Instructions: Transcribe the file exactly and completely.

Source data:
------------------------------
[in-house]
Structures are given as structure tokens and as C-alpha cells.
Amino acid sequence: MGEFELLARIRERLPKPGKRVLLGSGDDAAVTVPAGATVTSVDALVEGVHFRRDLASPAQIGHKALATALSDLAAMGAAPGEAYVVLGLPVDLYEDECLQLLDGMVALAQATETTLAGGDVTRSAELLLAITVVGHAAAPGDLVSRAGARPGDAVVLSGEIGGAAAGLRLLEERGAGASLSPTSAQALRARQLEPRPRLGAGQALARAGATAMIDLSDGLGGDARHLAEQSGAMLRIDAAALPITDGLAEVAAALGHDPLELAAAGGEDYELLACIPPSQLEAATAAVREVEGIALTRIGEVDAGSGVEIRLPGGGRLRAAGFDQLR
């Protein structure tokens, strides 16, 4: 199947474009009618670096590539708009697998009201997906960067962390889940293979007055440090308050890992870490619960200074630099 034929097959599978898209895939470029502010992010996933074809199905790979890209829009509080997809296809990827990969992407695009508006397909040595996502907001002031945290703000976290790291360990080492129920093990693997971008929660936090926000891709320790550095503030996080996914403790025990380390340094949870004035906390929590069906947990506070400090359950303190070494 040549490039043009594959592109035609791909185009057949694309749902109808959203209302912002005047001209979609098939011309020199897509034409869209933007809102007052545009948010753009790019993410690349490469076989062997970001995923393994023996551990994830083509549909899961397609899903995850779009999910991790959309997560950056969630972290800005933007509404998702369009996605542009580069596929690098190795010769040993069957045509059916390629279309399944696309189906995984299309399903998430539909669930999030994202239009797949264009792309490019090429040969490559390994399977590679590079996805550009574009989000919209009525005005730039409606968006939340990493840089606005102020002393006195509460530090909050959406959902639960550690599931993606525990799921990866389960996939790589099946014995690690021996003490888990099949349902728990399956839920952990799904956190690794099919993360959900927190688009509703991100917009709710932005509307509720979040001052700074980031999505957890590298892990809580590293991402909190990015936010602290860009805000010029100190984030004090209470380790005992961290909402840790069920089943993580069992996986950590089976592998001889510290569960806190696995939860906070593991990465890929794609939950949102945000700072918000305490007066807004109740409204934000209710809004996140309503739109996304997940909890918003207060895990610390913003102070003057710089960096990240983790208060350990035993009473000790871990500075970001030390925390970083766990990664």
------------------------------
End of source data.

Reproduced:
[in-house]
Structures are given as structure tokens and as C-alpha cells.
Amino acid sequence: MGEFELLARIRERLPKPGKRVLLGSGDDAAVTVPAGATVTSVDALVEGVHFRRDLASPAQIGHKALATALSDLAAMGAAPGEAYVVLGLPVDLYEDECLQLLDGMVALAQATETTLAGGDVTRSAELLLAITVVGHAAAPGDLVSRAGARPGDAVVLSGEIGGAAAGLRLLEERGAGASLSPTSAQALRARQLEPRPRLGAGQALARAGATAMIDLSDGLGGDARHLAEQSGAMLRIDAAALPITDGLAEVAAALGHDPLELAAAGGEDYELLACIPPSQLEAATAAVREVEGIALTRIGEVDAGSGVEIRLPGGGRLRAAGFDQLR
């Protein structure tokens, strides 16, 4: 199947474009009618670096590539708009697998009201997906960067962390889940293979007055440090308050890992870490619960200074630099 034929097959599978898209895939470029502010992010996933074809199905790979890209829009509080997809296809990827990969992407695009508006397909040595996502907001002031945290703000976290790291360990080492129920093990693997971008929660936090926000891709320790550095503030996080996914403790025990380390340094949870004035906390929590069906947990506070400090359950303190070494 040549490039043009594959592109035609791909185009057949694309749902109808959203209302912002005047001209979609098939011309020199897509034409869209933007809102007052545009948010753009790019993410690349490469076989062997970001995923393994023996551990994830083509549909899961397609899903995850779009999910991790959309997560950056969630972290800005933007509404998702369009996605542009580069596929690098190795010769040993069957045509059916390629279309399944696309189906995984299309399903998430539909669930999030994202239009797949264009792309490019090429040969490559390994399977590679590079996805550009574009989000919209009525005005730039409606968006939340990493840089606005102020002393006195509460530090909050959406959902639960550690599931993606525990799921990866389960996939790589099946014995690690021996003490888990099949349902728990399956839920952990799904956190690794099919993360959900927190688009509703991100917009709710932005509307509720979040001052700074980031999505957890590298892990809580590293991402909190990015936010602290860009805000010029100190984030004090209470380790005992961290909402840790069920089943993580069992996986950590089976592998001889510290569960806190696995939860906070593991990465890929794609939950949102945000700072918000305490007066807004109740409204934000209710809004996140309503739109996304997940909890918003207060895990610390913003102070003057710089960096990240983790208060350990035993009473000790871990500075970001030390925390970083766990990664």